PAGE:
Round 5: Eric Froehlich (Kiki-Chord) vs. Luis Scott-Vargas (Eldrazi)

Posted in Event Coverage on February 5, 2016

By Jacob Van Lunen

Jacob Van Lunen began playing Magic in 1995. He has participated in organized play at every level of competition and was a member of the winning team at Pro Tour San Diego in 2007, thanks to an innovative draft strategy. As a writer, Van Lunen has had more than three hundred Magic strategy pieces published

Eric Froehlich and Luis Scott-Vargas need little introduction. Luis Scott-Vargas, affectionately known as LSV to his legions of fans, is one of the most beloved figures on the Pro Tour. Scott-Vargas's accomplishments are hard to fathom. The man has five Pro Tour Top 8s including a win to go with fifteen Grand Prix Top 8s, including five wins.

Froehlich has widely been considered one of the best Magic players in the world for the last few years. His recent Hall of Fame induction was the culmination of a life's dedication to the game he loves so much. Froehlich has some impressive stats of his own, with four Pro Tour Top 8s and fourteen Grand Prix Top 8s, including a win.

These two are very familiar with one another. In fact, they've worked together for most recent events. EFro isn't working with ChannelFireball this weekend, though, instead opting to solo practice as an army of one, or MeFro.

The two chatted and joked as the feature match area was being prepped for the round.

Two friends, Hall of Famers, and titans of the game square off in Round 5.

"Maybe we should just have them cancel this round so we can find different opponents," Froehlich suggested.

"That seems like a pretty good idea," Scott-Vargas said.

The Games

Neither player liked their opening hand. Six cards were good enough for Froehlich, but Scott-Vargas needed to dig deeper and settled on a five card hand.

With smaller hands and less options at their disposal, both players developed slowly. Froehlich's Courser of Kruphix was the first play of the game, and Scott-Vargas used Dismember to kill it on his following upkeep to get a peek at the top card of Froehlich's library, an interesting trick that provided a bit of extra information. Froehlich developed with a few mana creatures to ramp into a Kiki-Jiki, Mirror Breaker that then traded with another Dismember from Scott-Vargas. Reality Smasher from Scott-Vargas came smashing through on the following turn.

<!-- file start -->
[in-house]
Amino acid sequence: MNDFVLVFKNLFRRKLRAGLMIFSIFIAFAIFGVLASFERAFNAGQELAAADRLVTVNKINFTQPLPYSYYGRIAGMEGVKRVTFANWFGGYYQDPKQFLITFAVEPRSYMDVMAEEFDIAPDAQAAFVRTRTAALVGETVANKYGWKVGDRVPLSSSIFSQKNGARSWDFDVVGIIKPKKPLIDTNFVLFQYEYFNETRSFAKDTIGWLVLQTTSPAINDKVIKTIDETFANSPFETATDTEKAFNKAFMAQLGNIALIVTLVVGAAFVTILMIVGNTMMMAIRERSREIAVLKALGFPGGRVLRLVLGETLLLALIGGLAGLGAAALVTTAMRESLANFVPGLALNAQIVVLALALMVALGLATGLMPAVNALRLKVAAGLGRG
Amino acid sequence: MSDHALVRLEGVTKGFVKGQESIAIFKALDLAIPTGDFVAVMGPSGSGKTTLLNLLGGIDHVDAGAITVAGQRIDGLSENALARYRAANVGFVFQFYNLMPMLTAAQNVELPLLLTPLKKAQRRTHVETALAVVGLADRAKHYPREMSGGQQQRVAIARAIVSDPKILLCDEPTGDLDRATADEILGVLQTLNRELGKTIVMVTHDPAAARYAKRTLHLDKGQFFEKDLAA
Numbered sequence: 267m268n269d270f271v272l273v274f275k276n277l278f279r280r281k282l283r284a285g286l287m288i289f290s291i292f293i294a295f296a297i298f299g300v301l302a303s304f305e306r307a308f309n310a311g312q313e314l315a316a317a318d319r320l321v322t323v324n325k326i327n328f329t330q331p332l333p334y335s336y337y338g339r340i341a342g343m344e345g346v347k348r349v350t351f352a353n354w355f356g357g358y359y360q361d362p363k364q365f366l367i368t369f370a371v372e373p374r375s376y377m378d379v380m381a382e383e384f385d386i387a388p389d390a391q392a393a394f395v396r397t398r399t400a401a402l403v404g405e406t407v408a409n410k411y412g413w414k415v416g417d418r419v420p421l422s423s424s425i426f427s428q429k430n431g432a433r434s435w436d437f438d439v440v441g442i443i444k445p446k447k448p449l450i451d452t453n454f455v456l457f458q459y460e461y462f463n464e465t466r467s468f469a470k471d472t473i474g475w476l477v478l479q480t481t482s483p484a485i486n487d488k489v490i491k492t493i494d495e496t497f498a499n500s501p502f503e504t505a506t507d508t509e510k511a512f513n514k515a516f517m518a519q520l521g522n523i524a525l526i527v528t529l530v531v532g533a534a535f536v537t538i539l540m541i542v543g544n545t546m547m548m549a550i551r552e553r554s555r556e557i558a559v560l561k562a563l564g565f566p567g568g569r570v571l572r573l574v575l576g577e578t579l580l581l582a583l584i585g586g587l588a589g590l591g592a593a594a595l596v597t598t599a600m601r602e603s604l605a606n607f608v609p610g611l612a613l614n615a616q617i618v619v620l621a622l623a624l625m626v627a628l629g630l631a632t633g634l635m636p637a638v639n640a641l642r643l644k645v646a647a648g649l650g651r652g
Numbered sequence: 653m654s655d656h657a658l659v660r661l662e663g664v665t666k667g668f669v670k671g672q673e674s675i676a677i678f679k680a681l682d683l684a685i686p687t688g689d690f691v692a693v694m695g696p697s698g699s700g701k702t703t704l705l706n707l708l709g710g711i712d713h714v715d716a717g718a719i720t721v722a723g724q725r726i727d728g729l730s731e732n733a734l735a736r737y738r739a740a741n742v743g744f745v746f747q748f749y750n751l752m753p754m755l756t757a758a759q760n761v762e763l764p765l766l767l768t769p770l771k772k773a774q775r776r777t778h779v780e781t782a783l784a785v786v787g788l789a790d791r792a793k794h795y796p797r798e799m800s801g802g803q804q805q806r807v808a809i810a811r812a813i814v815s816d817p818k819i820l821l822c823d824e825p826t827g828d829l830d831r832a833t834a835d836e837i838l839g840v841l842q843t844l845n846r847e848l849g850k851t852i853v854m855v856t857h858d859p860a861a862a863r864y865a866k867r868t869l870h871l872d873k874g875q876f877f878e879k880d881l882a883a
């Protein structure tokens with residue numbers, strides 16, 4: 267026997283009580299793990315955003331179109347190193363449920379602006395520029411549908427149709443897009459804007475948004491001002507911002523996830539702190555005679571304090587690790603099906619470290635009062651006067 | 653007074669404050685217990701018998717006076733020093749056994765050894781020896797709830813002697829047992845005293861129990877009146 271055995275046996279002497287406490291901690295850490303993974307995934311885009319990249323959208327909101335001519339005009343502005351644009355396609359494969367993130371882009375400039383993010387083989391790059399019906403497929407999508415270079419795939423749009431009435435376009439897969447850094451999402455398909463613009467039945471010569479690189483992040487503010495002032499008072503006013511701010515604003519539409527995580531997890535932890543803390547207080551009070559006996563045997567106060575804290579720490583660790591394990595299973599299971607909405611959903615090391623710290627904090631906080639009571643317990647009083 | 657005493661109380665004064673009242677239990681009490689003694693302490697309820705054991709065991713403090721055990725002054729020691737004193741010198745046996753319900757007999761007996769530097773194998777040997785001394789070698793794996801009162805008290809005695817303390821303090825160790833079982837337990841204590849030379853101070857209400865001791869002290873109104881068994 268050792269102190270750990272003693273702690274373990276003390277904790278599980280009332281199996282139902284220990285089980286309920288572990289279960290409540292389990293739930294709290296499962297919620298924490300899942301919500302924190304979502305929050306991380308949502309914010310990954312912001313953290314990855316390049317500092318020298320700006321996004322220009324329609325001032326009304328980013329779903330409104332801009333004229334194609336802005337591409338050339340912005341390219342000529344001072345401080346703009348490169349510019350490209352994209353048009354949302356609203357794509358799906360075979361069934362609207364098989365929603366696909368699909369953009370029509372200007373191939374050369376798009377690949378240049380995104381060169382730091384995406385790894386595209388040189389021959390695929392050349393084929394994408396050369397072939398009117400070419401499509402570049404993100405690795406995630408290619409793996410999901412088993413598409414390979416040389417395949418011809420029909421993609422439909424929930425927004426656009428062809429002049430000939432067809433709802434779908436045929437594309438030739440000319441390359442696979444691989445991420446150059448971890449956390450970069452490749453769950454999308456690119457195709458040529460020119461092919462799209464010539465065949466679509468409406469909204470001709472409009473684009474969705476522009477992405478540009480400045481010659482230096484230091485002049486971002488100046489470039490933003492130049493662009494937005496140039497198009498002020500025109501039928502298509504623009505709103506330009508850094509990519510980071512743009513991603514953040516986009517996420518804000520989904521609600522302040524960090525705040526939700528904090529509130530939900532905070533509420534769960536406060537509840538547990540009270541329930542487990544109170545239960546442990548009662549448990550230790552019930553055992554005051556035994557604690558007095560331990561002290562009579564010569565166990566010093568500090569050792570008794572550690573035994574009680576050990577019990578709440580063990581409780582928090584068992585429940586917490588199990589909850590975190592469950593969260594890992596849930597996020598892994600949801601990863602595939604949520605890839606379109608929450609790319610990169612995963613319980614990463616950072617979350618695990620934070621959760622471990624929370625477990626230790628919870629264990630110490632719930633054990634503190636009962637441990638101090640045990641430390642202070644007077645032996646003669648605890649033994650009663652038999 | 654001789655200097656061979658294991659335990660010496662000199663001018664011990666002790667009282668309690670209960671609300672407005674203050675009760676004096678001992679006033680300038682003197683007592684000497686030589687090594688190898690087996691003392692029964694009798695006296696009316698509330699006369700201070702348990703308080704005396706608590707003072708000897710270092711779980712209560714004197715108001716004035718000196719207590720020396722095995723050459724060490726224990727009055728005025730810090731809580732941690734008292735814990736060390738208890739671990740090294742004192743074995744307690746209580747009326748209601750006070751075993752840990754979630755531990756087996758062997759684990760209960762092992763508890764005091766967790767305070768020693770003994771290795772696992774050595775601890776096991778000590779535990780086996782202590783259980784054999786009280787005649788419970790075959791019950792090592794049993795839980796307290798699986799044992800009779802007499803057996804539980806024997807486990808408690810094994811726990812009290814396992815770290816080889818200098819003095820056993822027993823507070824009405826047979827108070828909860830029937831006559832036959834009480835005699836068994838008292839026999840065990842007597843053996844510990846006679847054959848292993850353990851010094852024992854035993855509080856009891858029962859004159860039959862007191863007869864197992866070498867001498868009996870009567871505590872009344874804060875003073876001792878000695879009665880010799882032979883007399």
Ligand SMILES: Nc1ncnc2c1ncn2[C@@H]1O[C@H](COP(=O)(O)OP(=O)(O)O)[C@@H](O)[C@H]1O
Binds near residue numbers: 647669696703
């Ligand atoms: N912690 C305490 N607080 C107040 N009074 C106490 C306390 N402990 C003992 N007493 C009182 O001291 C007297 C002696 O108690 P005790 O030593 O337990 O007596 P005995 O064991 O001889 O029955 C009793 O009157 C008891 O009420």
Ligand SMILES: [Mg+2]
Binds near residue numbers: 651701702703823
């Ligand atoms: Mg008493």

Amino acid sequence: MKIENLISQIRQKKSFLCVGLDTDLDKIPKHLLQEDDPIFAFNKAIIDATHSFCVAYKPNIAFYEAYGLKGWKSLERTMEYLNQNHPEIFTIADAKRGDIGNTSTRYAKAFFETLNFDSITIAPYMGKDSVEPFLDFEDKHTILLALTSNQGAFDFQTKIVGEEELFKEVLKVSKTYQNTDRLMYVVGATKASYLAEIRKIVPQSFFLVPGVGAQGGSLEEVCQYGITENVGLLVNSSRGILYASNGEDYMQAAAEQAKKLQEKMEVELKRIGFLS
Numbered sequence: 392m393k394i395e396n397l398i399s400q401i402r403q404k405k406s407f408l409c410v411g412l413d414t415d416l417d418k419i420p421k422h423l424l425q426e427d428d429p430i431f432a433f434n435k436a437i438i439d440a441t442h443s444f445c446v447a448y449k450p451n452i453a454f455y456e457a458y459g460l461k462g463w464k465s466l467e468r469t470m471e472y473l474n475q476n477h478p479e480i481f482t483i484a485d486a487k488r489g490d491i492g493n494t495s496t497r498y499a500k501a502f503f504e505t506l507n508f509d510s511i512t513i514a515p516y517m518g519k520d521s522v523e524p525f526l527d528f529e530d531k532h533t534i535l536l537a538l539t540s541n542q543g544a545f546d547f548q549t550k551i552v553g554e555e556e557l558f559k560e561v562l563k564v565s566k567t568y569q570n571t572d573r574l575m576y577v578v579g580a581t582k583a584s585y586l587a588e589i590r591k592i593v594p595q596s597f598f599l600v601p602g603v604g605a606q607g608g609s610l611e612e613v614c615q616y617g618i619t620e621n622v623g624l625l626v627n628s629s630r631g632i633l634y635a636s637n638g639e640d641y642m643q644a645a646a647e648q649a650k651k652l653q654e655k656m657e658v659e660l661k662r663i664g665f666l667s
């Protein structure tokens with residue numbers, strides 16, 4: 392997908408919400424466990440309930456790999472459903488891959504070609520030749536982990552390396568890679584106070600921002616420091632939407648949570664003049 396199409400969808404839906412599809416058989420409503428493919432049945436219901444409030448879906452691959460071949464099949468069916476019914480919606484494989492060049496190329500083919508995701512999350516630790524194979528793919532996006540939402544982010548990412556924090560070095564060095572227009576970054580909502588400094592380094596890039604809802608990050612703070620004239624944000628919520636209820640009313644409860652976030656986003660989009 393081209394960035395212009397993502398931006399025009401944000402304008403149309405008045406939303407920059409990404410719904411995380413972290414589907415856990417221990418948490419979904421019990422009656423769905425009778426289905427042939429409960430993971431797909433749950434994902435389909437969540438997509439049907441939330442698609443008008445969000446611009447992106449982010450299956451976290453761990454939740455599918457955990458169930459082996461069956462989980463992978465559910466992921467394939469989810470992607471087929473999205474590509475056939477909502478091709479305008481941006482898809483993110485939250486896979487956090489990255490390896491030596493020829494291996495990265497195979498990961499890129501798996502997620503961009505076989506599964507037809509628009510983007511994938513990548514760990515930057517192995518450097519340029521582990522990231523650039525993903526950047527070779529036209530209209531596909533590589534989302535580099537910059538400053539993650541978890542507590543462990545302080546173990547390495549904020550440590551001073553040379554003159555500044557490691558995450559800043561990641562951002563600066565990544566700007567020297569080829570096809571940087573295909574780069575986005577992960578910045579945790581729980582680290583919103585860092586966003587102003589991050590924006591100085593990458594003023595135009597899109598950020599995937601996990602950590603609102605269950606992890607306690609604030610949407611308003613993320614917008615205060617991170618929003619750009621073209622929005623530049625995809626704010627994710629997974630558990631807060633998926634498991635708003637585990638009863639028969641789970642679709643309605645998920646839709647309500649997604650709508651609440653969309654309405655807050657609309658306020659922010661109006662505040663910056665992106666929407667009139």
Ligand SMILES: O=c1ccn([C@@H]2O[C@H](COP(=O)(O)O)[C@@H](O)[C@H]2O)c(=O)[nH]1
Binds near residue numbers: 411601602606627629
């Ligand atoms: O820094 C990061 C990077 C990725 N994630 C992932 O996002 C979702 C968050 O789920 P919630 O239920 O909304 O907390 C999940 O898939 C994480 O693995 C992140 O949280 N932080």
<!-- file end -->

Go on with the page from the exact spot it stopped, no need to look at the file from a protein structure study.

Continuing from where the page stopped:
Luis Scott-Vargas is known for his acronym of LSV, or Luck, Skill, Victory. Luck, Smasher, Victory may be a better choice this weekend for him.

Froehlich had Restoration Angel, but his life total was under serious pressure and he'd need to find an answer to Scott Vargas's smashing in his next few draw steps. Horizon Canopy helped him dig a bit deeper. He found Chord of Calling and used it to find Eternal Witness, which picked up the fallen Kiki-Jiki, Mirror Breaker.

On the following turn, Froehlich cast Kiki-Jiki Mirror Breaker and tapped it targeting Restoration Angel, which blinked Kiki-Jiki, which made another Restoration Angel, which then blinked Kiki-Jiki, and at this point I think you get the idea. Eventually, Froehlich had millions of Angels, and Scott-Vargas was taking millions of damage.

Scott-Vargas had a better hand for the second game, and Froehlich went searching for a better six.

Eric Froehlich concocted a Kiki-Chord deck for the Modern portion of this Pro Tour.

Scott-Vargas led things off with Eye of Ugin, and a Wastes on the following turn let him play Matter Reshaper, which was quickly followed up with Thought-Knot Seer.

Froehlich tried to hold on with Pia and Kiran Nalaar to trade with the Thought-Knot Seer.

Another Thought-Knot Seer and Eldrazi Mimic were quickly followed up by Reality Smasher, and Scott-Vargas was already presenting lethal damage with his attack.

Froehlich found Scavenging Ooze, but it wouldn't be good enough to handle the gigantic monsters on the other side of the table. Another attack was good enough for Scott-Vargas to seal the deal and move on to fight a third and decisive game...

...a game where Scott Vargas's Eldrazi deck was operating on all cylinders.

Father Magic came out swinging with Eldrazi Mimic on the first turn into Thought-Knot Seer on the second turn thanks to Eldrazi Temple and Eye of Ugin.

Froehlich had Path to Exile for Thought-Knot Seer, but it wasn't enough, especially considering the Reality Smasher that would come down on the following turn.

Reality Smasher crunched away and Scott-Vargas maintained his solid record record.

Eric Froehlich 1-2 Luis Scott-Vargas



Luis Scott-Vargas—Eldrazi

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Eric Froehlich—Chord Combo

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